Thursday, November 19, 2009

Remaining Silent: It's easier Said than Done.

Bad things happen to good people. That is just a fact of life. But, more often than not, good people make their bad situation worse by trying to do the right thing. Huh? Simply put, everyone knows we, in the United States, have the right to remain silent, yet the criminal justice system can make it seem very, very difficult to exercise that right.

Most of us are raised to believe that the police are here to protect us and that we should cooperate with them whenever we can. For the most part, that is true; they are and we should. But, when your reputation and integrity and freedom are on the line, there are limits. In fact, those limits are so important to American culture that they are part of the Constitution.

Police Officers with their uniforms and guns and badges and red lights and moustaches can be very intimidating. In fact, they are trained to be intimidating. They are trained to make you feel powerless against them. When they are dealing with real bad guys, that is a good thing. When they are dealing with you, the regular person who has never had a run-in with the law, it makes them look like a*holes and it makes you feel weak. But, you are NOT weak.

Information like your name, address, and date of birth is not, by itself, incriminating and not generally protected by the Fifth Amendment. On the other hand, questions about where you have been, where you are going, and what are you doing are generally protected and up to you to answer or not. If you choose not to answer, you will not probably be breaking any laws. Of course, while your rights may be preserved, you will have one frustrated and pissed-off cop. It has been my experience that the more frustrated and pissed-off the cop, the less of a sense of humor he or she will have. But, then again, freedom isn't free.

When a law enforcement officer asks something like, "where are you going?" and you respectfully and politely answer with something like, "that's not really any of your concern," which you are entitled to do, you will immediately see the officer's face turn red and you may even see smoke emitting from the ears. Then, as they say, "it's on." Using tone and vocabulary and calculated body language, they will attempt to intimidate you into giving them what they want. They may even say things like, " 'bout I take you to jail and let you think about your answer there?" or " you WANT me to give you a ticket?" The fact is, if they CAN take you to jail or give you a ticket, they are going to; you have no obligation whatsoever to make their case against you any easier. So, don't say anything. And if they do arrest you, say politely, "I want an attorney present during any questioning." Once you say that, they are PROHIBITED from asking any questions about the case for which you have been arrested.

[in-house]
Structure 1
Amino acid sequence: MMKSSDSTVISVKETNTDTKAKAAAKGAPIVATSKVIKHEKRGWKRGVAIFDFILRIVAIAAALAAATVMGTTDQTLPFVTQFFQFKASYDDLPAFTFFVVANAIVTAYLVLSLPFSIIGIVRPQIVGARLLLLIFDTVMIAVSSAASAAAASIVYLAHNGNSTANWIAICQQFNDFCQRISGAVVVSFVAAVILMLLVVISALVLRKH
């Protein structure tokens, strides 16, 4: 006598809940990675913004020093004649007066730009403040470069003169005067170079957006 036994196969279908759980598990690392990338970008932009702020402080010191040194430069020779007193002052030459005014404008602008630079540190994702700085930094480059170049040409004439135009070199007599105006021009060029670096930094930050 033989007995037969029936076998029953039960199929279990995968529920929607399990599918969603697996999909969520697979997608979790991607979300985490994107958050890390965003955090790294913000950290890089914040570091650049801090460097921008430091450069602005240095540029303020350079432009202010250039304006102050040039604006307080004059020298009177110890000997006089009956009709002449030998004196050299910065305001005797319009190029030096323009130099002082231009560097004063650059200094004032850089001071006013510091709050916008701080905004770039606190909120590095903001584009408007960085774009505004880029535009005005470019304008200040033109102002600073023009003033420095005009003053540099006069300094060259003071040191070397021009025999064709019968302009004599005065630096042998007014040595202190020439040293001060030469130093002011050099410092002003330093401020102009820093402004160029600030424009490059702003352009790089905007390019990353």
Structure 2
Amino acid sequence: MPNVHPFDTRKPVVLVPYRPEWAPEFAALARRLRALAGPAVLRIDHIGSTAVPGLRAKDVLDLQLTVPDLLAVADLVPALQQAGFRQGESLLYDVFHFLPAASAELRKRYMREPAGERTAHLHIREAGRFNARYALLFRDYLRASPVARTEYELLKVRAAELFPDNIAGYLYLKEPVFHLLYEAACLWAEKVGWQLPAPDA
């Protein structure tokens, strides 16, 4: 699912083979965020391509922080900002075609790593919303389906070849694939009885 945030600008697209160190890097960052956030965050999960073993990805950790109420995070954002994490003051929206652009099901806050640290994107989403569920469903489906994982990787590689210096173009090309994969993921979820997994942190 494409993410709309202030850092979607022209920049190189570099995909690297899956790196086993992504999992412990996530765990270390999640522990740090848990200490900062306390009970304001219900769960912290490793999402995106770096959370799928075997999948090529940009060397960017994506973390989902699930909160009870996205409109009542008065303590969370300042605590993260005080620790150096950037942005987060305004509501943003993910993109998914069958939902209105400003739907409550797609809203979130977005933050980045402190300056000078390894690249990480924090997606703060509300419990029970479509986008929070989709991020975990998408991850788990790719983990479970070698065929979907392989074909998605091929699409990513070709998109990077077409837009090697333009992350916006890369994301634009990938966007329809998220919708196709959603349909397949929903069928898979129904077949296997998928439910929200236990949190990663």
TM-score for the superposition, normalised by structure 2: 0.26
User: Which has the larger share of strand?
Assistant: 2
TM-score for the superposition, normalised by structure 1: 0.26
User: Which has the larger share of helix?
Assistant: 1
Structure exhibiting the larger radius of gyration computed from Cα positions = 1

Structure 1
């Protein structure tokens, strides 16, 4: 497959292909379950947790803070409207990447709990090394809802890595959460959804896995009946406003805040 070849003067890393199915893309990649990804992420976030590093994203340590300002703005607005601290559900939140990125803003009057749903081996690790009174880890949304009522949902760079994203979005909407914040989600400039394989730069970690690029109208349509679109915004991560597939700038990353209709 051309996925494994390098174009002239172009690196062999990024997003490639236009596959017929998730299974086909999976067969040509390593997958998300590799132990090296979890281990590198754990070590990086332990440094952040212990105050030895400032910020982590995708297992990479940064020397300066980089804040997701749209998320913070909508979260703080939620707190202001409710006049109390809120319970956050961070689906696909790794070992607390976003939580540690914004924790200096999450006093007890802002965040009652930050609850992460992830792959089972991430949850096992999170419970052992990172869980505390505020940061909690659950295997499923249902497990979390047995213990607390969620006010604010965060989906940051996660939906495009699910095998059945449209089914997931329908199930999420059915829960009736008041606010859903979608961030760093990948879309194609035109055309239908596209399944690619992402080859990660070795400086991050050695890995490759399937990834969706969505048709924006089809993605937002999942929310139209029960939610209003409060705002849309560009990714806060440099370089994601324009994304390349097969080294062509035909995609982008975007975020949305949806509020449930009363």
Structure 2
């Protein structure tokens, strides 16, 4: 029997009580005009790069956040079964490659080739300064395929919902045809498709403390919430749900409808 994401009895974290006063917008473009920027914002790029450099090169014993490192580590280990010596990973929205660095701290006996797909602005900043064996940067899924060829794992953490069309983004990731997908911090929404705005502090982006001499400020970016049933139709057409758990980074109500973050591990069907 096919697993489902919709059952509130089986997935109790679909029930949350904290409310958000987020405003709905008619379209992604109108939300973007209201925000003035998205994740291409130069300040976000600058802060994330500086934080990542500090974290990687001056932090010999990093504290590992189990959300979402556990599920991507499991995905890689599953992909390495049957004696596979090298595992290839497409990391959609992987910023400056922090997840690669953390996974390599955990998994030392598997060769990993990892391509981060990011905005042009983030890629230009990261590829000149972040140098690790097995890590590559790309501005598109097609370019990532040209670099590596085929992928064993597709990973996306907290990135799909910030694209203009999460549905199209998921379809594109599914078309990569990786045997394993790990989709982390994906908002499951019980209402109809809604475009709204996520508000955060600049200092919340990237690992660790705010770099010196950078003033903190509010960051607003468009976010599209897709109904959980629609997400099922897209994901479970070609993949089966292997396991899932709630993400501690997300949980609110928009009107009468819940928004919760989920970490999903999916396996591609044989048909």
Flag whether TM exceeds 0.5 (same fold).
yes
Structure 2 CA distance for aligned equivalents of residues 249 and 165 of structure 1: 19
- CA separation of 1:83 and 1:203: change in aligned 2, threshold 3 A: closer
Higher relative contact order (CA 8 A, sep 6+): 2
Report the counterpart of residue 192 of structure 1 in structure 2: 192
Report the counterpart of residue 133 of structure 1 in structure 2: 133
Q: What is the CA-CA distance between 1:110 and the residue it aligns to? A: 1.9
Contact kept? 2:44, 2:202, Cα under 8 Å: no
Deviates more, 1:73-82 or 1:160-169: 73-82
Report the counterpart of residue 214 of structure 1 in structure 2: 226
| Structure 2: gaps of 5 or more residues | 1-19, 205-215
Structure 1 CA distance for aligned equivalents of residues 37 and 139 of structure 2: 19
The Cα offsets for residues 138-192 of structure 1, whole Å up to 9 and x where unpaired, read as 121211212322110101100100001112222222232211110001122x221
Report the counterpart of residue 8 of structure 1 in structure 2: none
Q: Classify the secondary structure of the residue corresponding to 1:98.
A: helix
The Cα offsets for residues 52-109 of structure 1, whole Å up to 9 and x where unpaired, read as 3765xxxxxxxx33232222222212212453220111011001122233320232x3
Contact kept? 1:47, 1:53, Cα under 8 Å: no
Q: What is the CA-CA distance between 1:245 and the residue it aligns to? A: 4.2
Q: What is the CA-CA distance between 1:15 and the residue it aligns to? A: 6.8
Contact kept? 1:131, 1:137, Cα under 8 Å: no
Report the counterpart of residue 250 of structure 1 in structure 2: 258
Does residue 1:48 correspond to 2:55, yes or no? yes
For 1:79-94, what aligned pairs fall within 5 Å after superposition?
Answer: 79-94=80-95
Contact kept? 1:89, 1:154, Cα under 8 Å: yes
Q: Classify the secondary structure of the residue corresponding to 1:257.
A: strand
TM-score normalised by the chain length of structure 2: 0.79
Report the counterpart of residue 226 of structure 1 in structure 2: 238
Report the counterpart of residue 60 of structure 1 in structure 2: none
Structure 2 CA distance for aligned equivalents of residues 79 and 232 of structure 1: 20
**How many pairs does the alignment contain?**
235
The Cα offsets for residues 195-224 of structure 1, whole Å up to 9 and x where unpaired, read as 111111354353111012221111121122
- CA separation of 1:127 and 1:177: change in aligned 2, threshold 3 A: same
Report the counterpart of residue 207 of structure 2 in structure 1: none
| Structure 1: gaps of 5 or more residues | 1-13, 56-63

Even then they will use passive-aggressive techniques to get you to talk. They may tell their partner something like, "...we don't really want this guy, but he won't help himself..." or "...he wants his lawyer, so don't ask him any questions...even though he would probably get out tonight if he just helped us." Stay strong. Stay quiet. Don't let them manipulate you. Whatever they say, their ultimate goal is to build their case against YOU.

"...but if I have nothing to hide, then I have nothing to worry about." Really? Is that how so many innocent people with nothing to hide get convicted by their own statements? If you have nothing to hide, that's great. Let your lawyer explain that you have nothing to hide. Law enforcement is trained to ask leading and misleading questions, to provide you the paint with which to paint yourself into a corner. Just remain silent.

When you come home and find the detective's business card on your door with a note saying they "need your help" with an investigation, call a Criminal Defense Lawyer first. Even if you are sure it has nothing to do with you. You never know what somebody said about you behind your back. You can still help with the investigation, you can still be a good guy. Just protect yourself at the same time. Bring a lawyer with you.

Finally, remaining silent means remain silent. Your cellmates are not your friends. Your friends are not your friends. When you are in custody, you have no friends. So do not talk about your case with ANYONE! Wait for your lawyer.
The Law Office of David J. Givot handles all criminal matters in all Southern California courts. If you or a loved one has been arrested, charged, or accused of a crime or are involved in a criminal investigation, call for your FREE initial consultation (310) 699-0070.

No comments:

Post a Comment